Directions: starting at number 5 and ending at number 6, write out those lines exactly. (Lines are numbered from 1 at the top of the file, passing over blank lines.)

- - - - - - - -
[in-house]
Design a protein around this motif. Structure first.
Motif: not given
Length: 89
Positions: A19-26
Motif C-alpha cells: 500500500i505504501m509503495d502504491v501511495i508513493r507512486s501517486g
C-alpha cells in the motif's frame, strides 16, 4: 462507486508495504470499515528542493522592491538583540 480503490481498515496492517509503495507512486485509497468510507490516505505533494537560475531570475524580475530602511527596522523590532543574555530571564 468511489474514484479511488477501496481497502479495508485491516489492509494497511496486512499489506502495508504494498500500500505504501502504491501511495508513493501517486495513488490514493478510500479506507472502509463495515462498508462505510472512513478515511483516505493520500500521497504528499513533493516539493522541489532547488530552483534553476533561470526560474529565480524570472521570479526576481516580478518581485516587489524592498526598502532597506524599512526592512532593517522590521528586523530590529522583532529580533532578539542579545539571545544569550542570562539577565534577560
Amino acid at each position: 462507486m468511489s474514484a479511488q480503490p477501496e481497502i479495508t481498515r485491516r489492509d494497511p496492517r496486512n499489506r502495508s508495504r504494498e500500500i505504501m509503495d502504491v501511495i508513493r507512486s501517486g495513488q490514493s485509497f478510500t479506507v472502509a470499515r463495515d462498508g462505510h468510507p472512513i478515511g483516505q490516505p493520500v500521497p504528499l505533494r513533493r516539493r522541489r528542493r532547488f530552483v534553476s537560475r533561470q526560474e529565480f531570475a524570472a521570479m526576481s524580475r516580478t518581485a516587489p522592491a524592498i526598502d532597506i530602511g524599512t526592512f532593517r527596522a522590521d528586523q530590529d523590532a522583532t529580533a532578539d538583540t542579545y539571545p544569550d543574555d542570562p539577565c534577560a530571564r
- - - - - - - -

Positions: A19-26
Motif C-alpha cells: 500500500i505504501m509503495d502504491v501511495i508513493r507512486s501517486g